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Die Walküre

Richard Wagner 1813-1883

Libretto by the composer
World premiere: June 26 1870, Nationaltheater; Munich
1st performance as part of a Ring cycle: August 14 1876, Festspielhaus, Bayreuth
1st performance of this production October 31 2010

With German and English surtitles.  ca. 5 hrs, including 2 intervals
Introductory talk, in German, in the Holzfoyer half an hour before performances begin

An exhausted man enters a stranger’s house. He's on the run and has lost his weapons. A woman tends him, telling him that she is Hunding’s wife. The stranger makes to leave. The woman asks him to stay. Hunding comes home and questions the stranger. Their guest calls himself “Woeful.” The house belonging to Wolfe, his father, was demolished, his mother killed and twin sister vanished. He and his father lived in the forest, defending themselves against their enemies until they became separated. Hunding realises that he's the man he was seeking to kill. He grants the stranger hospitality for the night but says they will do battle in the morning. Left alone, the stranger remembers that his father promised him he'd find a sword if he was in great danger. The woman, who has gaven Hunding a sleeping draught, shows him a sword that an old man thrust into the ash tree on the day she was forced to marry Hunding. She senses that the man for whom the sword was intended has arrived at last. The feeling that they were meant for each other grows. They become more and more aware of how alike they are. The woman realises that the man is her twin brother and tells him his real name: Siegmund. He pulls the sword from the tree, calling it »Nothung«. The woman says that she is Sieglinde, Siegmund’s sister and, now, his bride. ACT II The mysterious man was Wotan, the supreme god. He fathered Siegmund and Sieglinde with a mortal woman. Wotan now prepares Brünnhilde, his daughter by Erda, to stand by Siegmund in his fight against Hunding. But first the god must answer the reproaches of his wife, Fricka. She demands that Wotan punish Siegmund and Sieglinde for their adultery and incest: they have broken the laws upon which the power of the gods is founded. She reminds him that if he tolerates this breach of the law he will be undermining her authority as the guardian of marriage vows. Wotan clarifies his plan: only a free hero, one not subject to the will of the gods, can win back the Ring and the power it bestows. Siegmund was to be this hero. Fricka points out the flaw in his logic: Siegmund is his creation, his fate is steered by Wotan and therefore his actions are not free. If Siegmund breaks the laws of the gods in order to act freely, this will lead to the gods’ downfall. Wotan realises his mistake and promises Fricka the punishment she demands. Siegmund must die. Brünnhilde asks her father to explain. Wotan tells her that he wanted to bring order to the world through a system of contracts and is therefore bound to uphold them himself. Wotan may not take the Ring from Fafner, the giant, who guards it in the form of a dragon, because he is contractually bound, but the Nibelung Alberich is free to try and do so. Wotan realises his hopes that a »free hero« could help have been dashed. Wotan orders Brünnhilde to abandon Siegmund. He threatens her with terrible punishment if she rebels. Siegmund and Sieglinde are on the run. In a dreadful premonition Sieglinde sees Siegmund fall to the ground and die. Brünnhilde appears to Siegmund, telling him that he will die. He is to follow her to Valhalla, the highest honour for a fallen hero. But Siegmund would rather die with Sieglinde than leave her. Brünnhilde tells him that Sieglinde is expecting his child. Siegmund raises his sword to kill Sieglinde so that they can be united in love and death, but Brünnhilde stops him. Overcome by the depth of their love, the Walkyrie decides to go against Wotan’s wishes: Sieglinde shall live, and Siegmund too. Hunding and Siegmund fight. Wotan intervenes: Siegmund’s sword shatters on his spear. Wotan deserts his son. Siegmund dies. Brünnhilde flees with Sieglinde. Wotan kills Hunding without laying a finger on him. ACT III The Walkyries gather, escorting dead warriors to Valhalla. Brünnhilde brings Sieglinde with her and asks her sisters for protection from Wotan. None of them dare help her. Sieglinde would have rather died with Siegmund. Brünnhilde tells Sieglinde that she is pregnant, naming her unborn child Siegfried. She gives her the broken sword and helps her flee. Wotan finds his defiant Walkyrie. Brünnhilde's punishment is to be deprived of her divinity. She will lie asleep, defenceless, until a man claims her as his wife. Brünnhilde is convinced that she has only done what Wotan would have really wanted. She begs her father not to let her fall into unworthy hands. The god softens his sentence slightly, surrounding his sleeping daughter with a ring of fire that only the bravest of heroes can walk through: one who is freer than he himself.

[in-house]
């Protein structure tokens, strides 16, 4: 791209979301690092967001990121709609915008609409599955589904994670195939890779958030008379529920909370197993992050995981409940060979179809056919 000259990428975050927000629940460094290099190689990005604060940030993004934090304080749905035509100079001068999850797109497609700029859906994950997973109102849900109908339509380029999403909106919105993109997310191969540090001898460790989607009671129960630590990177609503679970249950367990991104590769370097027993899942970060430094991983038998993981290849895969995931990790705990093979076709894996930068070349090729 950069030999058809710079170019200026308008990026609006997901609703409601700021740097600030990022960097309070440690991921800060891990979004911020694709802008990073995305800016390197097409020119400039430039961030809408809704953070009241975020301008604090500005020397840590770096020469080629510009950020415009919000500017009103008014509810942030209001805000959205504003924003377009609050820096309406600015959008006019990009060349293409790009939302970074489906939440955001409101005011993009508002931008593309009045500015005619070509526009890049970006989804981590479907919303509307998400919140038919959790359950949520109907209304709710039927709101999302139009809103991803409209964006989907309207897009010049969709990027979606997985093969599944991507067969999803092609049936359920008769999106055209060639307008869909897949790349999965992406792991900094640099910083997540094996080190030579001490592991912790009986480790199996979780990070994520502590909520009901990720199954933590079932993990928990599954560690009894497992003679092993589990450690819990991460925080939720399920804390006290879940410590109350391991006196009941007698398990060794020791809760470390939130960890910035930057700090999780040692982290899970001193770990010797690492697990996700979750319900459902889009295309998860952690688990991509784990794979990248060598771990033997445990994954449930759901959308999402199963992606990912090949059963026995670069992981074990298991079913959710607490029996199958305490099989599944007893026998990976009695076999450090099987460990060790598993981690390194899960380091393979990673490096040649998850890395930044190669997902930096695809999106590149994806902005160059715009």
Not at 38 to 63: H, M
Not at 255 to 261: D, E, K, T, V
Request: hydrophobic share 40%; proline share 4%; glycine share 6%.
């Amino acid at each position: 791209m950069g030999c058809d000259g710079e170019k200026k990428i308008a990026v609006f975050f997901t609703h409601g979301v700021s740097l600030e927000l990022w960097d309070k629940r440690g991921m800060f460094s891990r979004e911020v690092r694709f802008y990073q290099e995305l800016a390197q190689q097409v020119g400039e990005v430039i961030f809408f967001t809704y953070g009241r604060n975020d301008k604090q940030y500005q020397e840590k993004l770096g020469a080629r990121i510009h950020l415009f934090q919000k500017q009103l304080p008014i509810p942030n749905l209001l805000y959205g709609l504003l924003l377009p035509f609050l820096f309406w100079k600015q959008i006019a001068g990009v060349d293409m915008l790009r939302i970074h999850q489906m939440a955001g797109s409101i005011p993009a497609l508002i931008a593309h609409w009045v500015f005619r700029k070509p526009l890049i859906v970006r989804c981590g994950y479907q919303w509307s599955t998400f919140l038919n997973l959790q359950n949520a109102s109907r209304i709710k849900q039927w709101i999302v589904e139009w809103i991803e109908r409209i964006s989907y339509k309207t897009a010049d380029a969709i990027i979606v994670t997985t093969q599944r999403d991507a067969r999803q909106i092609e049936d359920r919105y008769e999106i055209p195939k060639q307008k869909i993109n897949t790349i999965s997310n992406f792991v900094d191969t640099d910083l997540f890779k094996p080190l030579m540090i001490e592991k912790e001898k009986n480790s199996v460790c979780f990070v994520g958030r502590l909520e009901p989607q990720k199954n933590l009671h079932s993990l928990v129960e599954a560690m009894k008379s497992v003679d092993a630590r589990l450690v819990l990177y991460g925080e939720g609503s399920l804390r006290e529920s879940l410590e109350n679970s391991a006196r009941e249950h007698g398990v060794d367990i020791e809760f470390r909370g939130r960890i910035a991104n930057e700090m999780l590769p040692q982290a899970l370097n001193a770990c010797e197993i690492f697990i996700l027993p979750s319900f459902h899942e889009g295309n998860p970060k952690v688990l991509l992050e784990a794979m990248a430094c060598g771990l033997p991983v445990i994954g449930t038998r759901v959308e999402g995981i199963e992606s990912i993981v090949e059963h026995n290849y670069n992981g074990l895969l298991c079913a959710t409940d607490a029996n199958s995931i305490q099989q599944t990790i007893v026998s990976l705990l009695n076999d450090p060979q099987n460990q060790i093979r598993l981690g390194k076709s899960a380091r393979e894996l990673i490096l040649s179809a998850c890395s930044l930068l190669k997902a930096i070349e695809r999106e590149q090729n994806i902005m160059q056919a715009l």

Die Walküre is back, following on from last season's revival of Das Rheingold. The opera is about the Wälsung siblings Siegmund and Sieglinde, born to a human woman, fathered by Wotan, who haven't seen each other since they were tiny. They fall in love ... Jens Kilian on his set for the Frankfurt ring, four versatile, rotating rings: »From the cold, mystical blue of Rheingold, more natural tones come into play. The stump of the world oak, from which Wotan made his spear. The journey takes on more human dimensions. The search for true meaning continues!«.